I claim: 1. A furlable and unfurlable antenna comprising: a thin flexible, generally disc-like member; a radiant energy reflective coating on one surface of said member; and means on the other surface of said member, connected with the peripheraledge, for moving said peripheral edge radially and axially inwardly to furl said memher into a generally toroidal shape. 2. The structure of claim 1 in which said means ineludes a plurality of-radially extending ribs-secured to said other surface.

3. The structure of claim 2 in which each rib is divided into a series of abutting links.

4. The structure of claim 3 in which each link has a longitudinally extending bore therethrough, said bores in the links of each rib being generally aligned, a'push-pull wire cable extending through said generally aligned bores and secured to the periphery of said'member.

5. The structure of elaim'4 further including means for extending and retracting said push-pull cable.

6. The structure of claim 5 in which the adjacent ends of said links have interlocking alignment means.

7. The structure'o'f claim 6 in which the inclination of the abutting ends of said links determines the shape of said member when in extended position.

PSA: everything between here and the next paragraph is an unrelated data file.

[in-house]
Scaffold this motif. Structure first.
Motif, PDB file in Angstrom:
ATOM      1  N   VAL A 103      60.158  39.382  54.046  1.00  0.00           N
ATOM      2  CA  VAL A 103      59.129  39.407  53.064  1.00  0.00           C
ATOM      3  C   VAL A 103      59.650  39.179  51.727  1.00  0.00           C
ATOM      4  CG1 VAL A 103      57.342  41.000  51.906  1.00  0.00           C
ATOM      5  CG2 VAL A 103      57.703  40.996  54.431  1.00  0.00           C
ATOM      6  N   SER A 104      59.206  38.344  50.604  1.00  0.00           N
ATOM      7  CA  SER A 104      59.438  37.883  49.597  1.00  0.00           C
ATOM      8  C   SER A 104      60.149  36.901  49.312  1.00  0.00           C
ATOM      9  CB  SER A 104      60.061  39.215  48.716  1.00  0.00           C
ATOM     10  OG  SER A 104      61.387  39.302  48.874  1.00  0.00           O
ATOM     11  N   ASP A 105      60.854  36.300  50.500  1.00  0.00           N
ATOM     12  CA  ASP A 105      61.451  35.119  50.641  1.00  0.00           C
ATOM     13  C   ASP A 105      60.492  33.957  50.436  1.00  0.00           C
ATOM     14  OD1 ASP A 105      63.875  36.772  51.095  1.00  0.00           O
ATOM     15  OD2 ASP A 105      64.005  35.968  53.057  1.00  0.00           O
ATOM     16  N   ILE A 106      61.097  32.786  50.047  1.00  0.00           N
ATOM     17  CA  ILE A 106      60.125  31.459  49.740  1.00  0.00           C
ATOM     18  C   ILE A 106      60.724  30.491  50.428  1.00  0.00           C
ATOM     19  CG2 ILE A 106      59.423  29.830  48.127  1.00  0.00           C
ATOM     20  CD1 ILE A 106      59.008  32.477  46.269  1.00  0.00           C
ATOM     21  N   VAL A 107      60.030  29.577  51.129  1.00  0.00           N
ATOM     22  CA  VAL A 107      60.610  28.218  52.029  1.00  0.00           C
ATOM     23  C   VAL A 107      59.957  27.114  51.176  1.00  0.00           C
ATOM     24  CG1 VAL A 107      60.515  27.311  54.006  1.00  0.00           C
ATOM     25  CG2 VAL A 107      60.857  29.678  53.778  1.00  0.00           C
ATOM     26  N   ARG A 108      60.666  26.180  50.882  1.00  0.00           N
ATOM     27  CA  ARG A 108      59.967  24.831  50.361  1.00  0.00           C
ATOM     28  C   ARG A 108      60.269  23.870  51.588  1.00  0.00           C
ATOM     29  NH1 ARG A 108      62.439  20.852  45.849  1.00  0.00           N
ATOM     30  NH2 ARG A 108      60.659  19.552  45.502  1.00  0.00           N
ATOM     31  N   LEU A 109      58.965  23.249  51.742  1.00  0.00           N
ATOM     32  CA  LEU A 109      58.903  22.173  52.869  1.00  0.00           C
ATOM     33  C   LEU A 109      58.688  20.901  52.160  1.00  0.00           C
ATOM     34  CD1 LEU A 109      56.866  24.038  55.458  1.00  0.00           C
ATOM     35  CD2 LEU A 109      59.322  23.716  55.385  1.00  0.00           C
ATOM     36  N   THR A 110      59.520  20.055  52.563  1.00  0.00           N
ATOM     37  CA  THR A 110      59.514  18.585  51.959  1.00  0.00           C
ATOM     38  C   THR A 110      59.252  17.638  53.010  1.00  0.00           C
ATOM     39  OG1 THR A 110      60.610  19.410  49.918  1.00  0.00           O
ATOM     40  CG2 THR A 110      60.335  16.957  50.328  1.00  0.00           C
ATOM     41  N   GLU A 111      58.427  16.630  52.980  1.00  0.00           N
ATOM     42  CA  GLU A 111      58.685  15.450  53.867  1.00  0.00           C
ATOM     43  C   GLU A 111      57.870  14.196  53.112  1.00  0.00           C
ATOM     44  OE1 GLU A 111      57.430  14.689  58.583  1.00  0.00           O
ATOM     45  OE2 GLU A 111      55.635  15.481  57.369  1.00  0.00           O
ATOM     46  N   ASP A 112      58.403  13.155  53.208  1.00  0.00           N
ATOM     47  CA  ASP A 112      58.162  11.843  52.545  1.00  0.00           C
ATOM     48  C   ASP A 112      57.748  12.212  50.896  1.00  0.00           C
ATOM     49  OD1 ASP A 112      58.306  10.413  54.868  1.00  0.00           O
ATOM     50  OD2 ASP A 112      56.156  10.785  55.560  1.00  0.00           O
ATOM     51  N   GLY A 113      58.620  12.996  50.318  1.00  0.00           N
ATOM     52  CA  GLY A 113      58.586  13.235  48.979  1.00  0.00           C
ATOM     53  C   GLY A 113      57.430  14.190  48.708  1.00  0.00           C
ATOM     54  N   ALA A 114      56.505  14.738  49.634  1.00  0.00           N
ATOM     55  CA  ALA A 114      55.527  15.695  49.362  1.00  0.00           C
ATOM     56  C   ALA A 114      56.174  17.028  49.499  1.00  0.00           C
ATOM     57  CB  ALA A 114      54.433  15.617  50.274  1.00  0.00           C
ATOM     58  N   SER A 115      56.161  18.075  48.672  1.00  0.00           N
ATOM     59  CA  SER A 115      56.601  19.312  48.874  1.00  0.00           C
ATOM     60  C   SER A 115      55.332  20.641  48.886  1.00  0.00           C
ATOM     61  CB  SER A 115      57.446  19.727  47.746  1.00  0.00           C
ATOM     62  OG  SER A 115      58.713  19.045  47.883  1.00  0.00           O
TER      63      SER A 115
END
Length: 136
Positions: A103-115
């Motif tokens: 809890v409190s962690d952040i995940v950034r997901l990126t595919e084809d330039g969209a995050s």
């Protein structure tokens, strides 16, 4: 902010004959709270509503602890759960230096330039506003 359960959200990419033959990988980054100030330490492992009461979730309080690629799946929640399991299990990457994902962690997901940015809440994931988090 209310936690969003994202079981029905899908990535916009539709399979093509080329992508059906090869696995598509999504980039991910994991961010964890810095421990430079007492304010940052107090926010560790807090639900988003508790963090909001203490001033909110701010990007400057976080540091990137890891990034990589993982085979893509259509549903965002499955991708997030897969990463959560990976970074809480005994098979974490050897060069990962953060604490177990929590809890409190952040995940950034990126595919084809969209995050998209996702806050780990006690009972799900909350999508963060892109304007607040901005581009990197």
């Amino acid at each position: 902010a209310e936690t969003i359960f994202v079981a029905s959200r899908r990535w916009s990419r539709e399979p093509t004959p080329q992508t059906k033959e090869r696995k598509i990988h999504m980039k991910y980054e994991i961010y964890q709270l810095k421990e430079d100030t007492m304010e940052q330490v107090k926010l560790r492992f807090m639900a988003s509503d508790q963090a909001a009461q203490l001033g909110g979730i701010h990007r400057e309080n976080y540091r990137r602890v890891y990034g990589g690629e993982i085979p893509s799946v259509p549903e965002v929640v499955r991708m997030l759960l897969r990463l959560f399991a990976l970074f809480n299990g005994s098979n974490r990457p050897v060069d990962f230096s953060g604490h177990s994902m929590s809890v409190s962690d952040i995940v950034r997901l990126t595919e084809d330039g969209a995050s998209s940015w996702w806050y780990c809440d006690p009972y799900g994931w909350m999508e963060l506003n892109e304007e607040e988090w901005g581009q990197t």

8. The structure of claim 3 and further. including spring means connected between adjacent links and being biased to separate the links and roll said ribs inwardly to furl the member.

References Cited UNITED STATES PATENTS 534,058- 2/1895 Ackermann et al. 20 1,473,906 11/1923 Hartzell' -4 135-25 2,282,695 5/1942 Badovinac 13525 2,674,693 4/1954 Millett et al. 343-915 X 3,070,188 12/ 1962 Seruby 182163 HERMAN KARL SAALBACH, Primary Examiner.

P. L. GENSLER, Assistant Examiner.

Patent Citations
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US534058 *Feb 12, 1895 George d
US1473906 *Apr 28, 1922Nov 13, 1923Samuel S Fretz SrFolding umbrella
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US2674693 *Jun 27, 1951Apr 6, 1954Bendix Aviat CorpCollapsible antenna
US3070188 *Aug 3, 1959Dec 25, 1962Ladders IncLadders
Referenced by
Citing PatentFiling datePublication dateApplicantTitle
US3509576 *Dec 4, 1967Apr 28, 1970Lockheed Aircraft CorpCollapsible parabolic antenna formed of a series of truncated fabric cones